February 13, Ash Wednesday

So I’m 32 years old. This isn’t a zone of life where any given birthday is likely to signify much. I’m too old for any more civil milestones and way too young for anyone to be impressed I’ve made it this far. This is a birthday where you get an automatic postcard from the car insurance people letting you know you might just be eligible for a lower rate. I got phone calls from my family and a cake at the office and some friends bought me dinner; I’m grateful for all of these things, and there’s not much to say about it.

Except there’s this: My Uncle Ron would have been 61 today.

He died in early June, a heart attack, cutting wheat in a field in Kansas. They put his picture on the front page of the Salina paper, and we buried him next to his parents in a plot on the hill overlooking the farm where he and my dad and all the rest of them grew up.

I’ve tried a hundred times since then to write about him, to stitch the memories of who he was and what he meant to us into something that I could show you and say read this and you might know something about who we lost. I want to talk about how he gave me and half my cousins ridiculous nicknames before we could talk that have quietly stuck with us into adulthood. About how much I’ve come to understand he did for his family when his own father died too soon. How he teased us mercilessly, because we loved him for it. How I remember him angry at something - the shape of his life or something else I couldn’t see - when I was young, and how later on, with Carol and his grandkids, he was a better man than that anger; better, I think, than a lot of people ever manage.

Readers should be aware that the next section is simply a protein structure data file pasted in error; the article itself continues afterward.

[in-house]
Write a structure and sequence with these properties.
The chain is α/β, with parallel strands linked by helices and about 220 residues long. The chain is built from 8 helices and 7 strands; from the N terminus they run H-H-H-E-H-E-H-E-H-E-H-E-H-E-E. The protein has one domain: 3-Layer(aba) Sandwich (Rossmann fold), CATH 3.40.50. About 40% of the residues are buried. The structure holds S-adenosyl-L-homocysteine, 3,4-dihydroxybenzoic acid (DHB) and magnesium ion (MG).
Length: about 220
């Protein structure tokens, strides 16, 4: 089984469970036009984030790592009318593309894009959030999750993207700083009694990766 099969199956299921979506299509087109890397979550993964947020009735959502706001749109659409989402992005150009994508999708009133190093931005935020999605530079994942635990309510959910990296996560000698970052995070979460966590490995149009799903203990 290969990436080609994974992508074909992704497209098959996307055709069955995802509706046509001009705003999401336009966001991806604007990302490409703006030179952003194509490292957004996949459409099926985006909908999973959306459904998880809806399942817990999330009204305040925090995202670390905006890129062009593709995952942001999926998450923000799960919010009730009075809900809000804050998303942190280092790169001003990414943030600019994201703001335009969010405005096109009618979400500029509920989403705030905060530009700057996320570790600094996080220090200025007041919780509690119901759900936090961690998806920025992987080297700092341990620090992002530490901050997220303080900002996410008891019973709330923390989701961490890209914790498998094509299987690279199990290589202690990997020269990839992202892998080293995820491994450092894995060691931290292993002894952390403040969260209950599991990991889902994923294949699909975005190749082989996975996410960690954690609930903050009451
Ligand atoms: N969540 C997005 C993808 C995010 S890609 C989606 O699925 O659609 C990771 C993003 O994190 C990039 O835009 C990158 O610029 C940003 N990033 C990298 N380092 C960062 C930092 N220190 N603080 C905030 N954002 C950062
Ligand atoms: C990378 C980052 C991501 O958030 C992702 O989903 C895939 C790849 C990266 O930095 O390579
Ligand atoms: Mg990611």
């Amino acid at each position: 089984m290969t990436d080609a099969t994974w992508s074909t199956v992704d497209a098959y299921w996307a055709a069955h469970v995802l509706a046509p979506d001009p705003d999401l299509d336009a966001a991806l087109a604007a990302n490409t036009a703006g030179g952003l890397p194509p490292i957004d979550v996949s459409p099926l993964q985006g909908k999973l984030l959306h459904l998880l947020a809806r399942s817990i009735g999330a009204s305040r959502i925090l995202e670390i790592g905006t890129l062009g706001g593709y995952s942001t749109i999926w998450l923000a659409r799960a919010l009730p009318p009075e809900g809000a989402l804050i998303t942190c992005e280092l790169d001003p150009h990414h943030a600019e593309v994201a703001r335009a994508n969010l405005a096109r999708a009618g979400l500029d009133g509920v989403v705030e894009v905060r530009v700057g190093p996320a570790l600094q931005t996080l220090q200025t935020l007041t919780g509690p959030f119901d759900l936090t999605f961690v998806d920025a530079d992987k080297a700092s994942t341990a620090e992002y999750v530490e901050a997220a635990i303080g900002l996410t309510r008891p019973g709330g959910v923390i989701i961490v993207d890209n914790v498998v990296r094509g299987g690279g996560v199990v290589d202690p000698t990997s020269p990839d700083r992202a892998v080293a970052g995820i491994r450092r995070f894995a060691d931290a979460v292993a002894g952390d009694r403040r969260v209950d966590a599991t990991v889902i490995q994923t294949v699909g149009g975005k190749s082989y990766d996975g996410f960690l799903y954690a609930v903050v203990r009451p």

I never get very far. I’m not sure I’m up to the task. But I sit here and I remember that we were too far out of touch and I didn’t call him last year on his 60th, and I feel like hell and I think I shouldn’t let this one go unremarked.